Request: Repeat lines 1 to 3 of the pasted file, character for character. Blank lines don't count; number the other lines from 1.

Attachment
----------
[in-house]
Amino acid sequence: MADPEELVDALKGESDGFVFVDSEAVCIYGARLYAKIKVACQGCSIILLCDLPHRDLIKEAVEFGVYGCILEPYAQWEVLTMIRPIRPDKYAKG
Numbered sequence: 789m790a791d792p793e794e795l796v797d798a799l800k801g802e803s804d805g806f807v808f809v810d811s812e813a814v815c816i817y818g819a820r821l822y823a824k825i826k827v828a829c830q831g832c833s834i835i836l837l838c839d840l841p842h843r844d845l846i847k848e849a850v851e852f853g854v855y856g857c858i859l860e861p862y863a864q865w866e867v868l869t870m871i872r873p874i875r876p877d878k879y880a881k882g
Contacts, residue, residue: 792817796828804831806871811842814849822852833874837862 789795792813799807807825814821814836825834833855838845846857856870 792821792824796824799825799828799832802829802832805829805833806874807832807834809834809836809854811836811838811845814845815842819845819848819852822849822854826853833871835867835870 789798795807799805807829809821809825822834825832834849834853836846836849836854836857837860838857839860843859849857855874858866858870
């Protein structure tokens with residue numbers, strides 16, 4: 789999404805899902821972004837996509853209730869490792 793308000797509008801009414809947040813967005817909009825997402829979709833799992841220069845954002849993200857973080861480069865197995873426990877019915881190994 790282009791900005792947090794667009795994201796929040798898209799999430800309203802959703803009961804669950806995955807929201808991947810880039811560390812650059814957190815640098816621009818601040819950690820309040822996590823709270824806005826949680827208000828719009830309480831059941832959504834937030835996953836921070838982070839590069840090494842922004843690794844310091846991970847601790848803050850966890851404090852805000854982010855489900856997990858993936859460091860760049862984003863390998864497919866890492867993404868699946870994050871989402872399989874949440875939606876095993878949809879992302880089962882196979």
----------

[in-house]
Amino acid sequence: MADPEELVDALKGESDGFVFVDSEAVCIYGARLYAKIKVACQGCSIILLCDLPHRDLIKEAVEFGVYGCILEPYAQWEVLTMIRPIRPDKYAKG
Numbered sequence: 789m790a791d792p793e794e795l796v797d798a799l800k801g802e803s804d805g806f807v808f809v810d811s812e813a814v815c816i817y818g819a820r821l822y823a824k825i826k827v828a829c830q831g832c833s834i835i836l837l838c839d840l841p842h843r844d845l846i847k848e849a850v851e852f853g854v855y856g857c858i859l860e861p862y863a864q865w866e867v868l869t870m871i872r873p874i875r876p877d878k879y880a881k882g